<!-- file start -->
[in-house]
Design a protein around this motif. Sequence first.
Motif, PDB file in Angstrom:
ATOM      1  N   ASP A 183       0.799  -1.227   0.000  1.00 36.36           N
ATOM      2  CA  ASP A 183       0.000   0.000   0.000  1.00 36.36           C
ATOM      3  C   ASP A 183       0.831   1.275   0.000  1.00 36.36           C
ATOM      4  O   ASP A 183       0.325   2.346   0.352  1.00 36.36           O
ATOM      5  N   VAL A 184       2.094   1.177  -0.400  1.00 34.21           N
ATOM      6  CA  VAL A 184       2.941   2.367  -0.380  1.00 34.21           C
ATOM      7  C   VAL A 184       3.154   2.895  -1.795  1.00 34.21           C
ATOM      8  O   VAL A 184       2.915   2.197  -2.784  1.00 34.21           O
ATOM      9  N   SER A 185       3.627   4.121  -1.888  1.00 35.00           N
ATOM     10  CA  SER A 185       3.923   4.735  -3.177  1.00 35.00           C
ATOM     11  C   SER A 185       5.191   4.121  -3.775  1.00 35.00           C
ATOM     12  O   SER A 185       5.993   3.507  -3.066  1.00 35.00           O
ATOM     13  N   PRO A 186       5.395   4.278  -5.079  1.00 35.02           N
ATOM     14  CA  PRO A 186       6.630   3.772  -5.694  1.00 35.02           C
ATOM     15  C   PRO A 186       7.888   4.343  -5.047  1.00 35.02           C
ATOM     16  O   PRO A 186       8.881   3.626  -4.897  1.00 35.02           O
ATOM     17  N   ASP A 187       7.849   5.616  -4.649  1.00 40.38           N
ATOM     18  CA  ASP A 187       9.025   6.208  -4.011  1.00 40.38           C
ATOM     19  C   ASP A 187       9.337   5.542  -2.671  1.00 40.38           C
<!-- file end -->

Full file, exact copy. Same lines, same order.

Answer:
[in-house]
Design a protein around this motif. Sequence first.
Motif, PDB file in Angstrom:
ATOM      1  N   ASP A 183       0.799  -1.227   0.000  1.00 36.36           N
ATOM      2  CA  ASP A 183       0.000   0.000   0.000  1.00 36.36           C
ATOM      3  C   ASP A 183       0.831   1.275   0.000  1.00 36.36           C
ATOM      4  O   ASP A 183       0.325   2.346   0.352  1.00 36.36           O
ATOM      5  N   VAL A 184       2.094   1.177  -0.400  1.00 34.21           N
ATOM      6  CA  VAL A 184       2.941   2.367  -0.380  1.00 34.21           C
ATOM      7  C   VAL A 184       3.154   2.895  -1.795  1.00 34.21           C
ATOM      8  O   VAL A 184       2.915   2.197  -2.784  1.00 34.21           O
ATOM      9  N   SER A 185       3.627   4.121  -1.888  1.00 35.00           N
ATOM     10  CA  SER A 185       3.923   4.735  -3.177  1.00 35.00           C
ATOM     11  C   SER A 185       5.191   4.121  -3.775  1.00 35.00           C
ATOM     12  O   SER A 185       5.993   3.507  -3.066  1.00 35.00           O
ATOM     13  N   PRO A 186       5.395   4.278  -5.079  1.00 35.02           N
ATOM     14  CA  PRO A 186       6.630   3.772  -5.694  1.00 35.02           C
ATOM     15  C   PRO A 186       7.888   4.343  -5.047  1.00 35.02           C
ATOM     16  O   PRO A 186       8.881   3.626  -4.897  1.00 35.02           O
ATOM     17  N   ASP A 187       7.849   5.616  -4.649  1.00 40.38           N
ATOM     18  CA  ASP A 187       9.025   6.208  -4.011  1.00 40.38           C
ATOM     19  C   ASP A 187       9.337   5.542  -2.671  1.00 40.38           C